For the last two years, I was living in Iowa. Which was OK. Sort of. They had fun minor league baseball teams to watch, and occasionally it snowed. While enduring the cold Iowa winters, I was surprised to find that what I missed most about Los Angeles wasn't the weather, but the food. Don't get me wrong, Iowa had a few good restaurants (I miss the Lincoln Cafe, in tiny Mount Vernon, which was like an oasis of great cuisine in a cornfield of diner food), but on the whole, it was pretty grim. I found myself longing for good Chinese food, or a decent burrito, or some California cuisine. Basically, the kind of food that's as ubiquitous in Los Angeles as freeway traffic or overpriced drinks. Suffice to say that now that I'm back in Los Angeles, I'm taking full advantage of the ever-widening selection of restaurants.

Conveniently, Chowhound has polled a group of LA-based foodies and come up with their Ultimate Los Angeles Restaurant of 2006. The results are in, and the clear winner is Providence , a two-year old seafood restaurant. Runner up was Spago (Better luck next year, Wolfgang). Sadly, I haven't been to Providence yet. Taking a quick look at the top twenty restaurants, I've been to several. Jar, at which I ate two weeks ago, came in at number eight. I've been to Jar twice. The first time I was blown away. I had the Kobe beef special (which was also on the menu the second time), as well as fries and an appetizer of black mussels, ong choy, lobster Bearnaise, and fennel salt. The fries are served in a little newspaper cone. It was sick. And by sick I mean, completely amazing. Last time I was there, however, I wasn't moved. I had the rib eye, and again the fries. My wife, Edan, had the Kobe, and she was impressed. The rib eye was good, but it was no Kobe. Lesson learned. Also, I was there with a friend who eats kosher, which made it difficult to order any starters, since pretty much everything was rich with shellfish. All in all, I would eat at Jar any chance I get.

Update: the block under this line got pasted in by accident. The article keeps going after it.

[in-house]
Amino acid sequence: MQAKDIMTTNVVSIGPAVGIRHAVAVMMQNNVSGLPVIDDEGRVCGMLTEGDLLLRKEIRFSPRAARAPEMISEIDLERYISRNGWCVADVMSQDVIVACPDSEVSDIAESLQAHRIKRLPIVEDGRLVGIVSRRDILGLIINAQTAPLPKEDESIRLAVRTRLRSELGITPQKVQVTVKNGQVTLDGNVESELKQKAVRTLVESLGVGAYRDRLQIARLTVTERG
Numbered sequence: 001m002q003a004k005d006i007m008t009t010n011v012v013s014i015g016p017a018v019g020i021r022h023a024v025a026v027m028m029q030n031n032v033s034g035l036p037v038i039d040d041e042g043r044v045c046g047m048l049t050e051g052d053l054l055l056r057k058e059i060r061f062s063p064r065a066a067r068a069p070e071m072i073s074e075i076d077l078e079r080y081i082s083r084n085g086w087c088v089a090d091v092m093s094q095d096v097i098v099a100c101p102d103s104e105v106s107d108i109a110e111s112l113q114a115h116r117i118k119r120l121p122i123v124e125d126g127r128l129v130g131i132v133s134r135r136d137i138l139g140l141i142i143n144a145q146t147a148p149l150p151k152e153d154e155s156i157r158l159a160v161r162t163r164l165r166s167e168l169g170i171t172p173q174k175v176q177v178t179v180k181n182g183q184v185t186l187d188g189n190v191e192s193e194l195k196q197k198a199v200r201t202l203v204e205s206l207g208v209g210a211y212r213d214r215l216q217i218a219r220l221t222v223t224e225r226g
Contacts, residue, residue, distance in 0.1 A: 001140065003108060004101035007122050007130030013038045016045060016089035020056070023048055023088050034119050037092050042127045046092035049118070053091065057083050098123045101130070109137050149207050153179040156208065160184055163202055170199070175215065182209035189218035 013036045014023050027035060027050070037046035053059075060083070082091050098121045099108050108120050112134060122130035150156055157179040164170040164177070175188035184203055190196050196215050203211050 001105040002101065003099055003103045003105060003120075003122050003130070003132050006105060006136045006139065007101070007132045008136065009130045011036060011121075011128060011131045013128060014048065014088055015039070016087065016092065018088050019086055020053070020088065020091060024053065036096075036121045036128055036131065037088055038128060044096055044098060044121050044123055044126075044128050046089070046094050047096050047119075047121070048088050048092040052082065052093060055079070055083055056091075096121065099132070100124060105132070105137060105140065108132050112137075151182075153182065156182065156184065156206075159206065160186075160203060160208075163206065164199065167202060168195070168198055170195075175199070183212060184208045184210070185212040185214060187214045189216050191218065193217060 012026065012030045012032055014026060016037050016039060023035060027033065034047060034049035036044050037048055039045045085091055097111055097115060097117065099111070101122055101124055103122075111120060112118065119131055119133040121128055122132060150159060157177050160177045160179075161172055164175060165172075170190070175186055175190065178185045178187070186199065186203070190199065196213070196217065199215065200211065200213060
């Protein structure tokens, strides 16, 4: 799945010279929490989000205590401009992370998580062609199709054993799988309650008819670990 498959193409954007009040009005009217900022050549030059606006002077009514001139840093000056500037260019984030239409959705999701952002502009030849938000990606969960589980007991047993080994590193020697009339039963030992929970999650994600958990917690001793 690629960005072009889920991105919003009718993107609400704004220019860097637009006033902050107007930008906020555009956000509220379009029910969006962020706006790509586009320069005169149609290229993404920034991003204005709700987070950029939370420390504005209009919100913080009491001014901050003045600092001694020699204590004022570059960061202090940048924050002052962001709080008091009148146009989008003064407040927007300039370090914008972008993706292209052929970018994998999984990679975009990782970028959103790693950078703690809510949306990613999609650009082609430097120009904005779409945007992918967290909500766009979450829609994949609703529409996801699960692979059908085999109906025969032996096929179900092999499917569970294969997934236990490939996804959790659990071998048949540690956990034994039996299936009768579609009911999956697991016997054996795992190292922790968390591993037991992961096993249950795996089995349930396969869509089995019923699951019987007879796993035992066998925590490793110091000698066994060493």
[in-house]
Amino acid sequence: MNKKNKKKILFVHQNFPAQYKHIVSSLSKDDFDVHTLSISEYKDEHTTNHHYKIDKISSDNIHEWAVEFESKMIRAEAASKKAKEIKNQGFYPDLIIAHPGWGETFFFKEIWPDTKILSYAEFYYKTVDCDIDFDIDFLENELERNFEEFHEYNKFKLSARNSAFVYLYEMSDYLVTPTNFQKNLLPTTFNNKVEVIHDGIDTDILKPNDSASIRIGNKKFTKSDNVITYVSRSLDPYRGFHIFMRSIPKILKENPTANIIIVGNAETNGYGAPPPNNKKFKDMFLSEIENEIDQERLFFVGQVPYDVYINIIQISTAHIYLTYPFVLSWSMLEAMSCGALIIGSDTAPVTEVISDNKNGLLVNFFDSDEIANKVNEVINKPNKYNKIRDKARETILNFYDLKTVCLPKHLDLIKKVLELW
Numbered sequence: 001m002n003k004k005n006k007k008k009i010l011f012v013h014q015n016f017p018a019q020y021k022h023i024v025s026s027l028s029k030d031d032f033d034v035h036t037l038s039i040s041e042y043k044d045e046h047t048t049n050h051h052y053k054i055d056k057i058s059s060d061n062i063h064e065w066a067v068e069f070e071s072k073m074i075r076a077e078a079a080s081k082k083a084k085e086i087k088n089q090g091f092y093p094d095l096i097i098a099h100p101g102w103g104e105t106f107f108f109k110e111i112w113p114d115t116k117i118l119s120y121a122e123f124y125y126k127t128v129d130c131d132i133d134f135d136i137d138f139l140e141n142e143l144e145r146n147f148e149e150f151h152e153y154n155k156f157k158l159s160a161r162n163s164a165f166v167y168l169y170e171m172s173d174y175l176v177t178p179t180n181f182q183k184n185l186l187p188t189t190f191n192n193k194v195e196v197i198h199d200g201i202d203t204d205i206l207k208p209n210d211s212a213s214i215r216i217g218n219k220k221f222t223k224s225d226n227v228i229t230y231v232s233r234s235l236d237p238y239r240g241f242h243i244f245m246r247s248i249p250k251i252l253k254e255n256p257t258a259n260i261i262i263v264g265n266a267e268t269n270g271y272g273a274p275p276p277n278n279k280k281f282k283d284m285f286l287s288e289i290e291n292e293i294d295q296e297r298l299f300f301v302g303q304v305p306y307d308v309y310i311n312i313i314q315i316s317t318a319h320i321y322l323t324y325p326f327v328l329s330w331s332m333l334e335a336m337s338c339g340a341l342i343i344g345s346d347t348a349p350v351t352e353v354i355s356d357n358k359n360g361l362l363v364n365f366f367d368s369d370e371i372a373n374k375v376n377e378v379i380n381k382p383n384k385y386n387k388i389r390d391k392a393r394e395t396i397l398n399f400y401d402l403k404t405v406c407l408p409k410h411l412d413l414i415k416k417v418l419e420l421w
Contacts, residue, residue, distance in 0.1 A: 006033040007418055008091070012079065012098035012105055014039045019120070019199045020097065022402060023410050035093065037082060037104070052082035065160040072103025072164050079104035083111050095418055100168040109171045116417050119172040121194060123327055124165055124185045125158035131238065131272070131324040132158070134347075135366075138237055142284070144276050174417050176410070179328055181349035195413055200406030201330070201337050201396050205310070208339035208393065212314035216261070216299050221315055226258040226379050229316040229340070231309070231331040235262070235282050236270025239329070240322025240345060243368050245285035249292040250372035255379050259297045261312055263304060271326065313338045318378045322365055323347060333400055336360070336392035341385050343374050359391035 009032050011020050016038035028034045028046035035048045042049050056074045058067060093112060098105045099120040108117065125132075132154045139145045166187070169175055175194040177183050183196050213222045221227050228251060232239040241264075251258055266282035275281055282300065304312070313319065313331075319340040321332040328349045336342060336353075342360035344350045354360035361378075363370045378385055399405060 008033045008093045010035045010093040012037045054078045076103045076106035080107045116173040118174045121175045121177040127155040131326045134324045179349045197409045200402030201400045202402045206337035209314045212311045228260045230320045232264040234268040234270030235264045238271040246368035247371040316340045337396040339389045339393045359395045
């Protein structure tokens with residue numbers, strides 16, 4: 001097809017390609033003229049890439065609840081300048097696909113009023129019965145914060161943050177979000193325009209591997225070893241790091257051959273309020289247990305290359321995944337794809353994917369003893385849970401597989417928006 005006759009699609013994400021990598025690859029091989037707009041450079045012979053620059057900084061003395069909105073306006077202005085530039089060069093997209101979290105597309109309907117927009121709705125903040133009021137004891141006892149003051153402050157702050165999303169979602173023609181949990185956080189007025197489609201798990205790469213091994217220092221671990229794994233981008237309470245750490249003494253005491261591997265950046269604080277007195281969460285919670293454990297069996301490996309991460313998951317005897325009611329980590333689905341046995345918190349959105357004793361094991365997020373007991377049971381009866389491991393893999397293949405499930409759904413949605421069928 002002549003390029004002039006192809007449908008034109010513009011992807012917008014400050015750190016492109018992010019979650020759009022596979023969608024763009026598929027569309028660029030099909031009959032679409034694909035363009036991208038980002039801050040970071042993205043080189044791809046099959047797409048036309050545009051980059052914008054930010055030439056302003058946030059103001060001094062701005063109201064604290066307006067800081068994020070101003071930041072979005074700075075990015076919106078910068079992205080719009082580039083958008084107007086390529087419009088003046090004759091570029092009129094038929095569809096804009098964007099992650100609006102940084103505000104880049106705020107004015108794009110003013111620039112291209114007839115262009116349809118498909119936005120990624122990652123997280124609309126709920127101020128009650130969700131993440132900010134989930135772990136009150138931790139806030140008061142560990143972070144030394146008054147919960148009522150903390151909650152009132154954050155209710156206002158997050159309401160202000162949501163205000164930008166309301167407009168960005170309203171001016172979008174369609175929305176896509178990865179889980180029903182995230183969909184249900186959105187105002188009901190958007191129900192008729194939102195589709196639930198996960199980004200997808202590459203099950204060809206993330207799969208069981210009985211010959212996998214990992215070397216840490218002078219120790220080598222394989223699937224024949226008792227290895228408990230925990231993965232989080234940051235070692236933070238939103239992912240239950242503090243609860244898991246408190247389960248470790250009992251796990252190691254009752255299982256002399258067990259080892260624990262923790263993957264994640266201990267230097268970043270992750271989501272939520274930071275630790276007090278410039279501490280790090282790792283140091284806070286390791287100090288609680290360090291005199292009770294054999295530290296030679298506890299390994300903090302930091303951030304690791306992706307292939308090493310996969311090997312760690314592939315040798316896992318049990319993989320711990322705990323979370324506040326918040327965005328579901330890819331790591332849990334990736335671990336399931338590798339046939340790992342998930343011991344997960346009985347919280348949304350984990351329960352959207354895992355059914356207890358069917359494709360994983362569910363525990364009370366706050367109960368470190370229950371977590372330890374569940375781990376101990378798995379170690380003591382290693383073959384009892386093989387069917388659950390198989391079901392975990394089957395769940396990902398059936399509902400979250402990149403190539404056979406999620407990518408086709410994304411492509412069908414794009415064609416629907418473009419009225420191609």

Further down the list is the recently-opened Maryland-style seafood spot The Hungry Cat. I ate there a few days before my wedding with Edan and my grandmother. I had a Thai-style Alabama bay shrimp concoction that I see has since been removed from the menu. So it goes. Edan had squid stuffed with tomatoes, and my grandmother had the peel-and-eat shrimp. The restaurant was packed, and we had to sit on the patio, which was actually quite nice, much cozier than you'd think, considering it shares a courtyard with a Border's books. The general consensus was that the food was tasty, but relatively small portions (everything is a la carte). I give the service bonus points for taking it in stride when my grandma ordered her beer "on the rocks."